The Forum was founded in 1984 at Columbia University and initially funded by a five-year grant from the U.S. Department of Education. The Forum has been resident successively on the campuses of four of its founding members—Columbia, Stanford, Yale and MIT. Known originally as the Forum for College Financing, the early Forum focused on the economics of learning and on new approaches to financing higher education. The Forum was resident at Columbia through 1989.
At the conclusion of its original grant, founding institutions decided that they wanted the Forum to continue beyond the original grant period. Funding to sustain the Forum was secured from private foundations and corporate sponsors. Participating institutions also started to provide support.
In 1990, the Forum moved to Stanford University and was resident at Stanford from 1990–1996. While at Stanford, the Forum was popularly known as the Stanford Forum. Its research agenda expanded to include the study of institutional strategy, structure and design.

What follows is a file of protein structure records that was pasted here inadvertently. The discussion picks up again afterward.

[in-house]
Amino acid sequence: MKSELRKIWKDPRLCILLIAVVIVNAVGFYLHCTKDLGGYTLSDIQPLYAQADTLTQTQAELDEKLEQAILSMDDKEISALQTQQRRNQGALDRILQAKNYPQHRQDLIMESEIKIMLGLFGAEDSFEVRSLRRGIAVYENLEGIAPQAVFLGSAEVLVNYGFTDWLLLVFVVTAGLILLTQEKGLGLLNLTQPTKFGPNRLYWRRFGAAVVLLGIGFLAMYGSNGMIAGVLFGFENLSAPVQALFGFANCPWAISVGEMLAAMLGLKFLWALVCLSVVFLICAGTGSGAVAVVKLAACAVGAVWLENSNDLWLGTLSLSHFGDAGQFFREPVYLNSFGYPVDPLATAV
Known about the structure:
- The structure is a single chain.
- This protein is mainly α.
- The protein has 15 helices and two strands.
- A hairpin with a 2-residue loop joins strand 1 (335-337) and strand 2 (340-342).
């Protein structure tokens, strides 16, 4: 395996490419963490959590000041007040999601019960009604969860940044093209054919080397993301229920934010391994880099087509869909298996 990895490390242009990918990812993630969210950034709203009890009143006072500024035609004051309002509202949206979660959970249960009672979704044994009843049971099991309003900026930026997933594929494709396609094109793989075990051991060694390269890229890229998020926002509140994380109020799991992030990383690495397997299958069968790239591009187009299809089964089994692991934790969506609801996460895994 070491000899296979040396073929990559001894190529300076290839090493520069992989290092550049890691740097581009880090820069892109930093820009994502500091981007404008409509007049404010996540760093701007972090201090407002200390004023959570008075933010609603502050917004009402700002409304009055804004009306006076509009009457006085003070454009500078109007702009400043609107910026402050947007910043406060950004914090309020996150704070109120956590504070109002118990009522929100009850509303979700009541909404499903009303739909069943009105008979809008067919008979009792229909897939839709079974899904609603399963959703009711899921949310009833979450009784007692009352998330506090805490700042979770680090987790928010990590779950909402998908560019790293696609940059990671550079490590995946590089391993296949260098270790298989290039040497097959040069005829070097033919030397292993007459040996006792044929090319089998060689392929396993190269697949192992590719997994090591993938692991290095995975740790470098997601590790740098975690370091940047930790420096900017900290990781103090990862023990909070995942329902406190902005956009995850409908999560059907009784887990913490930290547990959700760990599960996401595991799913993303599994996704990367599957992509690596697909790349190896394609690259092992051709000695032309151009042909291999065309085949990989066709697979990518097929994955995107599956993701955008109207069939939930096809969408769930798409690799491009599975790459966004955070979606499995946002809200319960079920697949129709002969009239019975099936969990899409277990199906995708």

From 1996–2001, the Forum was resident at Yale University and given its current name—Forum for the Future of Higher Education. With the advent of the Internet and the worldwide web, the Forum’s research agenda expanded to include the role of new learning media and technologies in instruction and research.
Today, the Forum is resident at MIT and pursues an integrated research agenda aimed at better understanding the forces shaping the future of higher education. Its research agenda has again expanded and now embraces the role of the university in the global political economy; how advances in the cognitive and neurosciences are creating new opportunities to improve learning and instruction, how changing demographics are affecting student populations and future labor market requirements, and the deepening relationship between campus and community. Forum research and findings are universally disseminated throughout higher education.